Who wins and loses in this year’s Budget?
It’s the Government’s first Budget and they’re finding out the meaning of prioritisation.
There’s a lot of money to go around but not everyone is going to get what they want. We break down the winners and losers of the 2018 Budget.
Young teens and vulnerable families: The Government’s centrepiece package is two-fold and will increase access to GPs for children under 14 and anyone who has a Community Services Card. Currently 12-year-olds and under can access free doctors visits. That is being extended to include 13-year-olds at a cost of $3.7m in the first year but $22m over four years. And the Government will also extend eligibility for a community services card to include any Housing NZ tenant, anyone receiving the Accommodation Supplement and anyone receiving an income-related rent subsidy. That will see up to $30 chopped off the cost of a GP visit for up to 600,000 people.
People waiting for state homes: There’s supposed to be 6400 coming in the next four years – that’s the plan and the Government has funded $234m towards that and allowed Housing NZ to borrow $2.9b.
Conservationists: The Department of Conservation has been given $181.6m over four years – the largest boost since 2002. However the Greens didn’t come close to getting what they promised here – a doubling of DOC’s budget to more than $600m.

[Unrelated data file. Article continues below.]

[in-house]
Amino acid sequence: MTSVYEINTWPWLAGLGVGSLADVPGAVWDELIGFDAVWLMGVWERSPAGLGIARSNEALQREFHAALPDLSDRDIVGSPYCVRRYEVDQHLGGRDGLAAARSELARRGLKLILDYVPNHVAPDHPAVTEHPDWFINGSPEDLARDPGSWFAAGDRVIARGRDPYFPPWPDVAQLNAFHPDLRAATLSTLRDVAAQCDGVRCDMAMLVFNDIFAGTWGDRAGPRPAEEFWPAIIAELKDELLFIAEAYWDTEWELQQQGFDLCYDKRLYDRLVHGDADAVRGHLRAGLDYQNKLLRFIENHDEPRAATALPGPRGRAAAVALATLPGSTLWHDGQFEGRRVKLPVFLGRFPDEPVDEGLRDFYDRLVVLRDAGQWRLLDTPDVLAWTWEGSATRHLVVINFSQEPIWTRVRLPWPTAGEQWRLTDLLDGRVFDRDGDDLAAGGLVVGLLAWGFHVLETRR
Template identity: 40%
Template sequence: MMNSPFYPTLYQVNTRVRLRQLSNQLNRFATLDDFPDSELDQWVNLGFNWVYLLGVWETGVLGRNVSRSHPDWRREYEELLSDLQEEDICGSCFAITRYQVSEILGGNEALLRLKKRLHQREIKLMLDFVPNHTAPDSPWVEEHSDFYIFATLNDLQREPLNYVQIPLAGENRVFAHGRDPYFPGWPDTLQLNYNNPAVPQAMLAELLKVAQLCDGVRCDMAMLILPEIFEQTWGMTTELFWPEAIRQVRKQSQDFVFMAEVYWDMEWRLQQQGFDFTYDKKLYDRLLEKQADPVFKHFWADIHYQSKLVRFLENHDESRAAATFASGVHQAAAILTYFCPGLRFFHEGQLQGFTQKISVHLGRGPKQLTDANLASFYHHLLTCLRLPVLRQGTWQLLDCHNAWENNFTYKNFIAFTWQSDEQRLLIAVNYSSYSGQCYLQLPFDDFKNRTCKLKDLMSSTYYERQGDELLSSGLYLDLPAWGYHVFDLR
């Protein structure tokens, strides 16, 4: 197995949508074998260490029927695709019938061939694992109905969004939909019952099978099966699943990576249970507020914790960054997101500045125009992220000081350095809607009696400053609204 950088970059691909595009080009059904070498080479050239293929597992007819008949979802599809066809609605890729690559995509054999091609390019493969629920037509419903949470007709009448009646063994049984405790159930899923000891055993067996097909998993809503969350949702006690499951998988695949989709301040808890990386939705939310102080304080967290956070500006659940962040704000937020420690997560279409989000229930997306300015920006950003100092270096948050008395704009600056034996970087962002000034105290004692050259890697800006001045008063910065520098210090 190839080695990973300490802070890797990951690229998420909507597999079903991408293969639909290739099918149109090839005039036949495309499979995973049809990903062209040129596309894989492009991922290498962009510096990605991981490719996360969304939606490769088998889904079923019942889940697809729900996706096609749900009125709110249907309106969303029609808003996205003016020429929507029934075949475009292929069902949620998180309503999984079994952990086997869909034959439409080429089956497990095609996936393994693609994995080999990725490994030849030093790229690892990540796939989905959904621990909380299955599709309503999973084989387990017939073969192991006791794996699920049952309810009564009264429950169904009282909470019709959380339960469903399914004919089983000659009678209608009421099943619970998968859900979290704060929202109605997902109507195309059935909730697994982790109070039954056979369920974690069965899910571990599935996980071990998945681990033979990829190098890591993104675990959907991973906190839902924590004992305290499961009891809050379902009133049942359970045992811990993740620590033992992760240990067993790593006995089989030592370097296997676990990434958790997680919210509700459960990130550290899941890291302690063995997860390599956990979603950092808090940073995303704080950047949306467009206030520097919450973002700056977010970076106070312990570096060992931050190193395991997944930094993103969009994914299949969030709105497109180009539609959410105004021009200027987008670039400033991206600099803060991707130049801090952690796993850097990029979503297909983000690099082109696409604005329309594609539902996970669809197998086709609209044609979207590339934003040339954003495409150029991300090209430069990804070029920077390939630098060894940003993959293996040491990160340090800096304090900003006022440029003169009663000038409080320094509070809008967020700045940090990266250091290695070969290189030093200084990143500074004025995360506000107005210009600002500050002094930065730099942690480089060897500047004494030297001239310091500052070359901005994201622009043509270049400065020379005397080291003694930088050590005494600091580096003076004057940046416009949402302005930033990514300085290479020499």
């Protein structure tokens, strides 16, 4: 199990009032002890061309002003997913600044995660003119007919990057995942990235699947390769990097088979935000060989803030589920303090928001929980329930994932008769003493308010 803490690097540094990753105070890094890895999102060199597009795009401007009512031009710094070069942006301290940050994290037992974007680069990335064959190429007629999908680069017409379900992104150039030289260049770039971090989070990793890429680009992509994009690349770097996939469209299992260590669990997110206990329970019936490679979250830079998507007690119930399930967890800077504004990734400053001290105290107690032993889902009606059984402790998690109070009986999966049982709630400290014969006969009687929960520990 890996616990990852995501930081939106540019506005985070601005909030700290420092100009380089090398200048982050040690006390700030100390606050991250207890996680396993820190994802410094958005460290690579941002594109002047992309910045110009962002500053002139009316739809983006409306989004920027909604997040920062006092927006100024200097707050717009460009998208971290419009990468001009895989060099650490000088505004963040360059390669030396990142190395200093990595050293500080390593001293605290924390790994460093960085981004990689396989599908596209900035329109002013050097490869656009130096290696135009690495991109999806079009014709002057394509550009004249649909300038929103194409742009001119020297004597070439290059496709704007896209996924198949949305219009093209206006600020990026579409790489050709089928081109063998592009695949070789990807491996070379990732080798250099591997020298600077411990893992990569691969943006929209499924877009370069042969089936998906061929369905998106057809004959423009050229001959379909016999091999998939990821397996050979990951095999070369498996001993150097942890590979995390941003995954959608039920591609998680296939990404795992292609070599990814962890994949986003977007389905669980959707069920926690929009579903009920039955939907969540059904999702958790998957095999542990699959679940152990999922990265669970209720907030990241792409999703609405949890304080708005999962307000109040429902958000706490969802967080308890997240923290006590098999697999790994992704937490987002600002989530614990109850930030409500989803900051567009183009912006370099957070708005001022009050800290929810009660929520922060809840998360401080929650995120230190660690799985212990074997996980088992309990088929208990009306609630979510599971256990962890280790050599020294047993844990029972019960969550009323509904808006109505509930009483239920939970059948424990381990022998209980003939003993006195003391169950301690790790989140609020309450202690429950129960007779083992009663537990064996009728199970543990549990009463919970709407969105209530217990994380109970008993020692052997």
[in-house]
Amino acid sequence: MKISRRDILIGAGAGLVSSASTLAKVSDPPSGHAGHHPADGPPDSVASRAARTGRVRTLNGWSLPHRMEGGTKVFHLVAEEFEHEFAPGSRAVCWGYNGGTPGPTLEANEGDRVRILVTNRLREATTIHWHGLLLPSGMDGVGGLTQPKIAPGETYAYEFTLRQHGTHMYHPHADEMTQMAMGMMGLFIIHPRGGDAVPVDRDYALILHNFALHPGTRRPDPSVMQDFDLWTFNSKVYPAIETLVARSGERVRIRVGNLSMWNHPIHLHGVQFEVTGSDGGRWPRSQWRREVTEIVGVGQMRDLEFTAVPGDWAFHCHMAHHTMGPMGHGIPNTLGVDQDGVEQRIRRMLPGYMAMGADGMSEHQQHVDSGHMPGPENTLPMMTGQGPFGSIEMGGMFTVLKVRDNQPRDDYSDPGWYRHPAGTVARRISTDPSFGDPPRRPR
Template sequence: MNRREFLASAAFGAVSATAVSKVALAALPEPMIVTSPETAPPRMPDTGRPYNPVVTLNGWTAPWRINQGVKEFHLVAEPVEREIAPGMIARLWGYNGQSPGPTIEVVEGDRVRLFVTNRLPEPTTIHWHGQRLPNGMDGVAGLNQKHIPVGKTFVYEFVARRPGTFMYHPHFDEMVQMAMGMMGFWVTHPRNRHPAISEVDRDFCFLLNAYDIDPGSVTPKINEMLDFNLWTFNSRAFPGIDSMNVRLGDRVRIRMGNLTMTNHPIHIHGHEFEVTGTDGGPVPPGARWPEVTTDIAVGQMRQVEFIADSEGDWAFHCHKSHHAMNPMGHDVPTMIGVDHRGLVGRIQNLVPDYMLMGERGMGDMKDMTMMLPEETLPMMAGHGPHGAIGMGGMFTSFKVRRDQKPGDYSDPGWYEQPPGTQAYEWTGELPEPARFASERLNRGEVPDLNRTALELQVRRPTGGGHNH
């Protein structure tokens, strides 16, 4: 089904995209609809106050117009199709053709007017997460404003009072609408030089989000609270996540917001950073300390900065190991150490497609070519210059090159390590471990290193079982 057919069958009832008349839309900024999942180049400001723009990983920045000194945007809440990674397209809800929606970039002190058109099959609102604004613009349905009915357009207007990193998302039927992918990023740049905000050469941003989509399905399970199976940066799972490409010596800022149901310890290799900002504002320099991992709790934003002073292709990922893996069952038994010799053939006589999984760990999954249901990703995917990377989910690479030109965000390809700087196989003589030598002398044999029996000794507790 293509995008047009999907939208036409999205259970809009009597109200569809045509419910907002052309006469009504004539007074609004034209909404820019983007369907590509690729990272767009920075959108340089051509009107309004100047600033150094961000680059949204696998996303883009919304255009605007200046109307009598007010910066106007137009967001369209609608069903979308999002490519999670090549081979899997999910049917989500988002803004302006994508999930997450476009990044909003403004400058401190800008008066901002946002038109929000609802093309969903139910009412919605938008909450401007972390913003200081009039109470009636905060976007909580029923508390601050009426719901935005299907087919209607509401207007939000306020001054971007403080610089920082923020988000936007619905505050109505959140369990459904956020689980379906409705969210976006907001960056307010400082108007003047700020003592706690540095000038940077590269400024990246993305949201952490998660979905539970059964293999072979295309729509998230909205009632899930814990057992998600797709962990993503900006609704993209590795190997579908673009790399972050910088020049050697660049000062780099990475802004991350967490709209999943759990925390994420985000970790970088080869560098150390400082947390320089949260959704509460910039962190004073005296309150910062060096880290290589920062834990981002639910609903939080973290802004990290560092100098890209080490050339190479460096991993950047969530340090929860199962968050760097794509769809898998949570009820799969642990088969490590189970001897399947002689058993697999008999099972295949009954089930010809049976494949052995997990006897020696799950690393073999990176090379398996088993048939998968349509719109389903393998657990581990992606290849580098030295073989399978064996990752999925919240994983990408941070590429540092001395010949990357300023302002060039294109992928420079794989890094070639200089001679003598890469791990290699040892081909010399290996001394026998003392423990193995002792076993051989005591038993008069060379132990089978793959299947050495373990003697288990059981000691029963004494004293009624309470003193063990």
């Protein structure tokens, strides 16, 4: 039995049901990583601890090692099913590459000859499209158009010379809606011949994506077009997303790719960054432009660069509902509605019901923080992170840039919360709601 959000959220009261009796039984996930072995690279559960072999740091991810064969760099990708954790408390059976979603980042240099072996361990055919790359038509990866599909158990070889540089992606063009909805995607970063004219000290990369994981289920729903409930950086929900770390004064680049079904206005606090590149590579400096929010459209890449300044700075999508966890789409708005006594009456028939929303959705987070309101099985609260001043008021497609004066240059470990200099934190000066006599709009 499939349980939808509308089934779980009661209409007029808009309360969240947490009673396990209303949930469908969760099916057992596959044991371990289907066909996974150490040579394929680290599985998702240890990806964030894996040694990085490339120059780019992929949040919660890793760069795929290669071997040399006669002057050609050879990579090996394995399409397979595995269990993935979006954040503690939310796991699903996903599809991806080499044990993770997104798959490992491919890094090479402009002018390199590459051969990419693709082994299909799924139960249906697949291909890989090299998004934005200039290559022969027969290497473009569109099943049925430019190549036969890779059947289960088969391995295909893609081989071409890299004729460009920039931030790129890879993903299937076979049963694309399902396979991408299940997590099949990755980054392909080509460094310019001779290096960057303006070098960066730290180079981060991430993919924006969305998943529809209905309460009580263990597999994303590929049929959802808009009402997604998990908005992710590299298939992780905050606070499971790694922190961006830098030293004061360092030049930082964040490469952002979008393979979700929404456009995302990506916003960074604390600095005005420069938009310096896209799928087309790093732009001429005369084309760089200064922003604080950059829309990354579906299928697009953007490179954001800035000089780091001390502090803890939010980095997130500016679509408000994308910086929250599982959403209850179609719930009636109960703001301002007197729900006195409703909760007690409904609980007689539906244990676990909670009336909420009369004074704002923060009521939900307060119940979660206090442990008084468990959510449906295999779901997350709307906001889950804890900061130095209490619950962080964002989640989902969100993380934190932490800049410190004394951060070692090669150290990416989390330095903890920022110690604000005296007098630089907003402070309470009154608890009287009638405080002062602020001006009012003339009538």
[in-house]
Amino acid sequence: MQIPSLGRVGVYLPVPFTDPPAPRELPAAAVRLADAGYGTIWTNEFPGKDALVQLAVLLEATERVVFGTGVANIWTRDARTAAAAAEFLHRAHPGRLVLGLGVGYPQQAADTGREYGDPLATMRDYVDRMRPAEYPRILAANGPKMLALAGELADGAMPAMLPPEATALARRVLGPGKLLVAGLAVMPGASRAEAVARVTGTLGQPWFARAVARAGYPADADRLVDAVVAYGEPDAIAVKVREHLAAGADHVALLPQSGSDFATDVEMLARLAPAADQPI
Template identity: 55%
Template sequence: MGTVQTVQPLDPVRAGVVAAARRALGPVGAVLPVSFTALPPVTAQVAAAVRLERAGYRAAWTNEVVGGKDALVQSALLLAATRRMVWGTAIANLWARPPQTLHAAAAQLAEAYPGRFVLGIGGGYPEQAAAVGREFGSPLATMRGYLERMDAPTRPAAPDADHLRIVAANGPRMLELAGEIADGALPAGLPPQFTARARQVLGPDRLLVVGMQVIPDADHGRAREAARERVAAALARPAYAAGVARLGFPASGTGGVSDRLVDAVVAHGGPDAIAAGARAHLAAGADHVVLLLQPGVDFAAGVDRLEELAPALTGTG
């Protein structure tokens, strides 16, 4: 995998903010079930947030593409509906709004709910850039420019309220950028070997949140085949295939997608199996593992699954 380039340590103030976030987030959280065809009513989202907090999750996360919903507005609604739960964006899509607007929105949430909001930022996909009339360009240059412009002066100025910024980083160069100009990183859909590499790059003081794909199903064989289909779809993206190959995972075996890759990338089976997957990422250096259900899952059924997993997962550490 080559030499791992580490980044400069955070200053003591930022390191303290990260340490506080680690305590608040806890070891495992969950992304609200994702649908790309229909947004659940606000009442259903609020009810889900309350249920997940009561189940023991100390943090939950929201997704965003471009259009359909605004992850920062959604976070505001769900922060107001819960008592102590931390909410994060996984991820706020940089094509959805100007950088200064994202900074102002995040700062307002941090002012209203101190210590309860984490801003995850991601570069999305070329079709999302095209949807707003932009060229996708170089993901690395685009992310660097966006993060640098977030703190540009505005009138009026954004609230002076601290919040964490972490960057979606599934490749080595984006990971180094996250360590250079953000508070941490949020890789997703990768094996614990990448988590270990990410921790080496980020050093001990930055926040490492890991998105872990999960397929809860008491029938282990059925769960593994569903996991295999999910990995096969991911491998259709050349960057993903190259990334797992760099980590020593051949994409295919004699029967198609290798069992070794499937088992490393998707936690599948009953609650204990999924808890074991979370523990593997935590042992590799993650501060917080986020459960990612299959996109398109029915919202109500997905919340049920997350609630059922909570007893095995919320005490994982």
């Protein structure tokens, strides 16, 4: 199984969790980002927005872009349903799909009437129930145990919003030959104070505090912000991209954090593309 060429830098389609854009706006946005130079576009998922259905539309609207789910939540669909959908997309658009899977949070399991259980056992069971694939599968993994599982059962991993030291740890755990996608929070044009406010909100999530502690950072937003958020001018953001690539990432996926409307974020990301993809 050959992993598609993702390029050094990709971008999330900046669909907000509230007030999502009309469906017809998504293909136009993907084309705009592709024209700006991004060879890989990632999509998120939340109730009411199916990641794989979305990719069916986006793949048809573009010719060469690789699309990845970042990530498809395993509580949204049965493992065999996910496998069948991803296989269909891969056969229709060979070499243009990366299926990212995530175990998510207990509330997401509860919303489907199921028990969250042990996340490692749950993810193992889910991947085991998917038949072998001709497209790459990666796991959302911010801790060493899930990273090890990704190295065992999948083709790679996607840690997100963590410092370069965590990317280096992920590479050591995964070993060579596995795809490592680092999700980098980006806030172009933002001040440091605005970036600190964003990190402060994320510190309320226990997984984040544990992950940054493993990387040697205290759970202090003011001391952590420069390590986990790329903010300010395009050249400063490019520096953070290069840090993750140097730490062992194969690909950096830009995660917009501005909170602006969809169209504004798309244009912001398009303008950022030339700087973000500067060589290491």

LOSERS Wage-earners: Workers on the average wage could soon find themselves paying more tax, as wage inflation is tipped to push more into the top tax bracket in the next five years. The average wage is set to hit $70,000 in the next five years and all of those earners will be taxed the same as New Zealand’s most wealthy. Schools and students: The country’s rundown school system hasn’t received the cash injection some might have hoped for. There’s $394m set aside to fund new schools and about 200 additional classrooms to cater for population growth and further capital investment for the Christchurch Schools Rebuild programme. That population growth is expected to reach more than 17,000 additional students by 2020. The Government has allocated a 1.6 per cent increase to schools’ operational funding – up on the 1.3 per cent in last year’s Budget and the freeze on operational funding in 2016 – short of the traditional 2 per cent increase in previous years.